The Nature of the American Male chapter, 8 x 9cms. Unconscious
Drawing , " Here the masculine sense of Ironic Detachment
rises superior to the Love Urge, and can take it or let it alone."
A cod version of over-inflated Symbolic Programmes by such artists as
Elihu Vedder. Other images from The Best of Clarence Day. Many
share a sort of wary misogyny with Thurber, e.g. After the Battle
I have grouped these two illustrators together because I believe Day influenced
Thurber, and that both were the illustrator without pretensions, unafraid
to make marks.
Clarence Day was one of that fine generation of American humourists that
flourished after 1919. In the Oxford Book of Humorous Prose
OUP 1992, Frank Norden describes Day's career and reprints sections from
Life With Father . I have Day's illustrated Thoughts
Without Words published by Knopf in New York and London in 1928.
It shows the extent to which Day found a naive style of drawing, almost
jotting down with an all-pervading melancholy images to accompany his
prose pieces.. Day had retired from the navy because of ill-health and
took to writing - initially stories of well-to-do New York folk in the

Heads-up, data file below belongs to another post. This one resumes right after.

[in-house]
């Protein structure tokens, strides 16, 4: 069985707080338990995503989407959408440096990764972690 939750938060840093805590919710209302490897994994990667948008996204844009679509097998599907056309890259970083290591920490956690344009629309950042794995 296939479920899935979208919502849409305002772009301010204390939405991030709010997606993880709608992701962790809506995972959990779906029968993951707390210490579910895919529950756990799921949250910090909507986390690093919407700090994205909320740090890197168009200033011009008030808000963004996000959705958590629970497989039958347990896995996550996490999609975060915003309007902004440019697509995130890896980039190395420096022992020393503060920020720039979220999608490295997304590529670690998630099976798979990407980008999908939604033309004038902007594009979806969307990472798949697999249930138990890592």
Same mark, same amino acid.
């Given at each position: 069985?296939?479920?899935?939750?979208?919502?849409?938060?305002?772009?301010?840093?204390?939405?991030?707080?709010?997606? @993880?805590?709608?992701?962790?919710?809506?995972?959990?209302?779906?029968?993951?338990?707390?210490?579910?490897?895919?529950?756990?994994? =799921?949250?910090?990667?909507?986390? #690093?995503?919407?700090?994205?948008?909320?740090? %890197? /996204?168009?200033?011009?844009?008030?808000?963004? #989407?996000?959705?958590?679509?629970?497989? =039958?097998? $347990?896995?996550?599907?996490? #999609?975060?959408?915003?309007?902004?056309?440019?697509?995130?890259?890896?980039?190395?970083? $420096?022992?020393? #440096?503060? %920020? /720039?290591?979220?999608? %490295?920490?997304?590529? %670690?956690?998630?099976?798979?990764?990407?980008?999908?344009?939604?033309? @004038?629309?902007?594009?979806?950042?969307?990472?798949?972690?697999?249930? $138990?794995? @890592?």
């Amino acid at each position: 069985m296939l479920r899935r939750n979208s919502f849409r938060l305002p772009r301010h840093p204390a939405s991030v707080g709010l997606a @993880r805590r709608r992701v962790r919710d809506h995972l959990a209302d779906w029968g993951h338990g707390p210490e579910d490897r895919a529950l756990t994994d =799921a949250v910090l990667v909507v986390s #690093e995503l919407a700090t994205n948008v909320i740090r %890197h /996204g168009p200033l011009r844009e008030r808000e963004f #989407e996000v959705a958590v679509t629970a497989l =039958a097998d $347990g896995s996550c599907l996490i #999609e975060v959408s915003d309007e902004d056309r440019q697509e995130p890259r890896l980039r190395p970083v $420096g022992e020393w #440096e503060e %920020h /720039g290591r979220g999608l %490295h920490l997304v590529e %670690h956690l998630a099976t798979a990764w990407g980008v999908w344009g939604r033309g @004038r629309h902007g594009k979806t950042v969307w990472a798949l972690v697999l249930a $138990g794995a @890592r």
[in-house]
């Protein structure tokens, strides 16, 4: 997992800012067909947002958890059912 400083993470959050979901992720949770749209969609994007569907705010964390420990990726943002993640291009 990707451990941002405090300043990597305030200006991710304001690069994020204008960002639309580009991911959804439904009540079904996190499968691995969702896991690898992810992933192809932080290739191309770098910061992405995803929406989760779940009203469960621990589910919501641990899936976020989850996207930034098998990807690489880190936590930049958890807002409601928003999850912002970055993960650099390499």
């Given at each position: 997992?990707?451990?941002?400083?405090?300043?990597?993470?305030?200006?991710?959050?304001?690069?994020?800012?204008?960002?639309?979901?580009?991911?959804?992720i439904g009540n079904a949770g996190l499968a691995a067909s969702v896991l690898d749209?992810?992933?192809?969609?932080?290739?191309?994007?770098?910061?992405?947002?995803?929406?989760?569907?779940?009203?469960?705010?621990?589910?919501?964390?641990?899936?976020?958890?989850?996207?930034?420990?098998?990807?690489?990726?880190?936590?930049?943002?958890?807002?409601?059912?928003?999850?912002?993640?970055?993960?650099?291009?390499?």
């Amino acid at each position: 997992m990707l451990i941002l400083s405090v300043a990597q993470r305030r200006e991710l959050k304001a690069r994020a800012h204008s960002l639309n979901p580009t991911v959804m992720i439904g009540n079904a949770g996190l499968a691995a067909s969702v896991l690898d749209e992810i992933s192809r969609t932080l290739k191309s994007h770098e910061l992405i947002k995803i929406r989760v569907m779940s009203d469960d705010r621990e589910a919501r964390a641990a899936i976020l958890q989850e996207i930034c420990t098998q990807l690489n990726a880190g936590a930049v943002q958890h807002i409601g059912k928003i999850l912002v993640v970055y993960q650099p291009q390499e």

1880's. Their early publication in the New Yorker led to an immediate
jump in circulation and to the flourishing of Day's career.
Bottom right, the classic Thurber - It is safe to say that his drawings
didn't get much better, while Thurber's did. Thurber also found a way
of harnessing his prose to the drawings, usually with beautifully turned
captions. Not a word wasted. Thurber
made his mark first with Is Sex Necessary Or Why You feel the
Way You Do , a joint production with his great friend E.B.White
(two New Yorker staff members). My edition is the London edition of 1930.
The edition prints 52 drawings by Thurber. Two main themes are identified
by White in a fascinating note at the end of the book - "the melancholy
of sex", and the "implausibility of animals". They differ
markedly from his later drawings.